Here in the Capitol (a Hunger Games Story)

“To show that the citizens of the Capitol are just as strong, if not stronger than the citizens of the districts, we shall send twenty-four Capitol children from the ages of twelve to eighteen to compete in the One Hundredth annual Hunger Games!”
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How many people have wondered what it'd be like, in the Capitol? Here in the Capitol, we can teach you (cue freaky, yet friendly, smile)!

Chapter 1

Here in the Capitol

Everyone is going to die sometime, right? Yes, we are. But when is not our choice. In the districts, it’s from natural causes. Here, in the Capitol, the real reason for our death is how everyone knows we left the world. Because there is no chance that we will die in the Hunger Games.

Well, there never was before.

No one considered the fact that the citizens of the oh-so-perfect Capitol would ever be entered into the arena. The Capitol is a marvelous place, obviously! So why would we, of all people, need to experience the pain of the districts? We never found a reason. But the makers of the Hunger Games did.

It was the fourth Quarter Quell that decided my fate.

During the Victory Tour of the Ninety-Ninth Hunger Games – with the victor from District 5, Scarlet Brown – Caesar Flickerman, the official announcer of the Hunger Games, announced the fourth Quarter Quell.

“To show that the citizens of the Capitol are just as strong, if not stronger than the citizens of the districts, we shall send twenty-four Capitol children from the ages of twelve to eighteen to compete in the One Hundredth annual Hunger Games!”

Everyone in the audience was shocked. The citizens of the Capitol, like me, muttered things to each other “How dare they!” “We are citizens of the Capitol, and there is a chance that our children must die?” “What in the world were they thinking?”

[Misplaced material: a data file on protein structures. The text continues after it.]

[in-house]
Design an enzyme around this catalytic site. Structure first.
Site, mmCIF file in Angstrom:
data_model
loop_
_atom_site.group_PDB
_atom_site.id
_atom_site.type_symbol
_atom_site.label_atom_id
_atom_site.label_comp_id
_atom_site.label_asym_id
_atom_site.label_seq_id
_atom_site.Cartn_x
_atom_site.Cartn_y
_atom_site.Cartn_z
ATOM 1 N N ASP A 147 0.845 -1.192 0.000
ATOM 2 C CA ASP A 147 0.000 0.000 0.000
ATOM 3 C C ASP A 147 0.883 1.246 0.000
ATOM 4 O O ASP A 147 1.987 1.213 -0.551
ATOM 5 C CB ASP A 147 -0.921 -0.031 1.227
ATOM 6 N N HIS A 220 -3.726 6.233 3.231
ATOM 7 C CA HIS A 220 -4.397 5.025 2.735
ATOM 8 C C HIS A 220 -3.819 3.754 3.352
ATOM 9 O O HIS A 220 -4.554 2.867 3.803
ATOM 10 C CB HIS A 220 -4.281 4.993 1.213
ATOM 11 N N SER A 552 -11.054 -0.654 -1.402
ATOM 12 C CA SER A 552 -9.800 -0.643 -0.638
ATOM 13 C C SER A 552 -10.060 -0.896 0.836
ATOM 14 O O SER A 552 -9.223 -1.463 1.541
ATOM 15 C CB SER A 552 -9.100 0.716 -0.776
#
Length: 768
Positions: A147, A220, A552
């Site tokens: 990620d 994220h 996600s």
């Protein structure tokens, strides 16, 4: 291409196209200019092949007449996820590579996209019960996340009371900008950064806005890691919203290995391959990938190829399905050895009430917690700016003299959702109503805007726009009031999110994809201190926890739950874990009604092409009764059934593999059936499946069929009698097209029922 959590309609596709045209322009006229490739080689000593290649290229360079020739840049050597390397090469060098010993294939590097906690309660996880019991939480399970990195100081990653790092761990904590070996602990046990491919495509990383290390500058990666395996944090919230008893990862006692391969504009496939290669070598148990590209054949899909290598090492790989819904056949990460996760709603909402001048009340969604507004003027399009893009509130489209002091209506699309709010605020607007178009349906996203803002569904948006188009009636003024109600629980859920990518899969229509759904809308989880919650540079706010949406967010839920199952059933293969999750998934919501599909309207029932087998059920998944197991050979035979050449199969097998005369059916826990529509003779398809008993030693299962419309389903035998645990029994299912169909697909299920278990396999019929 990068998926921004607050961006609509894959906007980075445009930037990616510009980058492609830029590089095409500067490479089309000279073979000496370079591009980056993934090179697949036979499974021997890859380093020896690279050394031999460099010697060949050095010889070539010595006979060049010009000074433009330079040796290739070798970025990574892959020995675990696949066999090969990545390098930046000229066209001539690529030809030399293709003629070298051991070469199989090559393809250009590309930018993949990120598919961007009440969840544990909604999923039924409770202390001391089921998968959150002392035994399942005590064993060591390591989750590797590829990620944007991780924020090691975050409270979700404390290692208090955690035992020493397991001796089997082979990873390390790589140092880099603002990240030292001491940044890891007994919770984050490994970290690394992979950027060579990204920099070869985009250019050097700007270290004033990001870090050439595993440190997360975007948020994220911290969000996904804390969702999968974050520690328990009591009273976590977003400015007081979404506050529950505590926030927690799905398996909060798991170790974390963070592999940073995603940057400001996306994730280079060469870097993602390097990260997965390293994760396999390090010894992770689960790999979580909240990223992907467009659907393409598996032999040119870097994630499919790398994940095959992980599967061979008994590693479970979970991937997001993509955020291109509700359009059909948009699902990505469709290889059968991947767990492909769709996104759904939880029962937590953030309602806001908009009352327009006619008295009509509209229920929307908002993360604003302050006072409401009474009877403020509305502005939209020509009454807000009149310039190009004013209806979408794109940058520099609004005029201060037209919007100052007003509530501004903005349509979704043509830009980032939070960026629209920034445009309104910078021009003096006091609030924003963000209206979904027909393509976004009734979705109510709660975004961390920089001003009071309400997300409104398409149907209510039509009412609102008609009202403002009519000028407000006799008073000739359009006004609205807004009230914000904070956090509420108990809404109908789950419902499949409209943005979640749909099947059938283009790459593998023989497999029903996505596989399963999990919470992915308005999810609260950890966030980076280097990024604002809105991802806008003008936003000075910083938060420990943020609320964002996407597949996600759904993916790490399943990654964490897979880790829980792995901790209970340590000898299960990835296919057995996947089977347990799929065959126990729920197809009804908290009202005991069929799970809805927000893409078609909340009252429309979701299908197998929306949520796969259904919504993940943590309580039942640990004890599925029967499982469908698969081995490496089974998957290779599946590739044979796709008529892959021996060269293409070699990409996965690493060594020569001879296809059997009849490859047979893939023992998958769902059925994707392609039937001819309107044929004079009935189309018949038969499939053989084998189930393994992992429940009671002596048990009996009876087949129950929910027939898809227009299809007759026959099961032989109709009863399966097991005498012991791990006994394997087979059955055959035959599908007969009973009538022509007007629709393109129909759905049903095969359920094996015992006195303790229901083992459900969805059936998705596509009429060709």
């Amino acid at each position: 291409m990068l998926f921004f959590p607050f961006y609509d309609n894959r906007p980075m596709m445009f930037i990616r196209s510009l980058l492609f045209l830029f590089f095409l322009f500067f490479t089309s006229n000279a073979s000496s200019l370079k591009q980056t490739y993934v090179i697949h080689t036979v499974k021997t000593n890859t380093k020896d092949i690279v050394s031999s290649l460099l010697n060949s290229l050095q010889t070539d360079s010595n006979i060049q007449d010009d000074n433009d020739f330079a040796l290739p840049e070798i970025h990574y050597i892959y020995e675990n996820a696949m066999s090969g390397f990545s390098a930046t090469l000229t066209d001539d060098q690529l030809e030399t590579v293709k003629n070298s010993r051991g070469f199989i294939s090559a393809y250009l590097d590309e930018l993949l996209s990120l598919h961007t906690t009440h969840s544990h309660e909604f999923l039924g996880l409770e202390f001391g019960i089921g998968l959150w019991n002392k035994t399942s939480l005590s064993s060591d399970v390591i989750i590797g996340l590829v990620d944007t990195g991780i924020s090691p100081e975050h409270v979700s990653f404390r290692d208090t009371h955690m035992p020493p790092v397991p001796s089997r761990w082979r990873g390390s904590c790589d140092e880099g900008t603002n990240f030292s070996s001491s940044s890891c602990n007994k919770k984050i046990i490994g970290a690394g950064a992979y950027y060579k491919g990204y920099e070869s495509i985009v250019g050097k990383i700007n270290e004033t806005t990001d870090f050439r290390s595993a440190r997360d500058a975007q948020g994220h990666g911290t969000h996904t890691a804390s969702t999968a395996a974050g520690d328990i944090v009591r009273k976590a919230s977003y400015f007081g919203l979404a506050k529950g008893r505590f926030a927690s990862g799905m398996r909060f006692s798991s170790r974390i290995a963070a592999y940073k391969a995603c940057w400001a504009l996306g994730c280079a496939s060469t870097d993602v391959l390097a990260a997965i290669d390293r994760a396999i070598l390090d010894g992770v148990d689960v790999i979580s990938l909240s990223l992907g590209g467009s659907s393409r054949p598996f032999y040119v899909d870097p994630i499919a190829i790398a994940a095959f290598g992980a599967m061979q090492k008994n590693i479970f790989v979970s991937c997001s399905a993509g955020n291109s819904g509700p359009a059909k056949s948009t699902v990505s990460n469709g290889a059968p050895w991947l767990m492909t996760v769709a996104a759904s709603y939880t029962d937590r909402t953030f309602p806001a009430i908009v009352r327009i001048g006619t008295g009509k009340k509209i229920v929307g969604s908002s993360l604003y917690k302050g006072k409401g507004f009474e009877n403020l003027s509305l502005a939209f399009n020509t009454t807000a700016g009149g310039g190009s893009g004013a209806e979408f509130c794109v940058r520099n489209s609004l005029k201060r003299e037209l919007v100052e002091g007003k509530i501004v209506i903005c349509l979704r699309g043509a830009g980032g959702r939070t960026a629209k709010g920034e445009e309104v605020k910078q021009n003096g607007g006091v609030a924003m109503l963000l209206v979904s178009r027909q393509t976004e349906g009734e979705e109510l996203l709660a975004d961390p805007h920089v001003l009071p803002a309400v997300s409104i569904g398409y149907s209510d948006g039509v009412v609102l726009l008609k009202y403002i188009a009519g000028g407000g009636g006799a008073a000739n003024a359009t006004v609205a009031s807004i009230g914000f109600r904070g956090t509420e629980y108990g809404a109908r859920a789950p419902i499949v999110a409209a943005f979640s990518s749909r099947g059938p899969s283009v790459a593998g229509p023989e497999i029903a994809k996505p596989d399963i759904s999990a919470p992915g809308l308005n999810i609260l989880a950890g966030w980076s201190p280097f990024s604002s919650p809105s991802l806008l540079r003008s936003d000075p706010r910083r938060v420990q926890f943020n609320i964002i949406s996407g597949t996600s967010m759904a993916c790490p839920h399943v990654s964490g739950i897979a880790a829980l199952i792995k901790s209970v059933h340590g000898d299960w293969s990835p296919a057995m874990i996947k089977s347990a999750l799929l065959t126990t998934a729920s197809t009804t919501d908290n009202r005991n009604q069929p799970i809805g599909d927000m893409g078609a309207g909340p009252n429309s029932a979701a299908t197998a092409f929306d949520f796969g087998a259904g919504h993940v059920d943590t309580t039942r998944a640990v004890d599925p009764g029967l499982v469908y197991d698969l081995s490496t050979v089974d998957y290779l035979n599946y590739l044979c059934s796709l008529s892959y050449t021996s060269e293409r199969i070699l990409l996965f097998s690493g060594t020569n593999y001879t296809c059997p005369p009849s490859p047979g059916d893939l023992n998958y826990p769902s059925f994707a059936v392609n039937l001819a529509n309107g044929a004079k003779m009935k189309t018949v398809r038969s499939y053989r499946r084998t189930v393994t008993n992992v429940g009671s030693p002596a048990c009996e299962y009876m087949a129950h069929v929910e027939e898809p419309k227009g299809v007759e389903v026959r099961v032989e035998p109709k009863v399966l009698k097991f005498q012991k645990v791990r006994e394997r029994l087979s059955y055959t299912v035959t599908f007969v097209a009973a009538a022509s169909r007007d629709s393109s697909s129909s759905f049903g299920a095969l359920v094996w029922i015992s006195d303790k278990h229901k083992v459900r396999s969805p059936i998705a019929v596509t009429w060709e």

This is when the realization hit them that this was exactly how the people of the districts felt when their children were put into an arena to die–to be murdered, excuse me.

But now it’s time to know about where we are today. In this exact moment, me, my friends, and everyone else in the Capitol is experiencing something that we have never had the pleasure to experience right in front of President Dawn’s house: Reaping Day.

Watching Reaping Day in the districts was always such fun for us, as members of the Capitol. We got to watch the shocked expressions of the tributes, and we placed our bets on who would be the victor of that year’s selections. Most likely, it would be a tribute from District 1, 2, or 4 – the “Careers” as the outlying districts call them – because they train for the Games before they start. The other tributes don’t like the Careers, but I think that they are smart, getting ahead of themselves to be prepared to kill.

Personally, my favorite district is Two. They make all the weapons and such, and the stylists from there are generally the most creative, put the most effort into their work. I’d say I can’t wait to see them this year, but they won’t be around again until next time.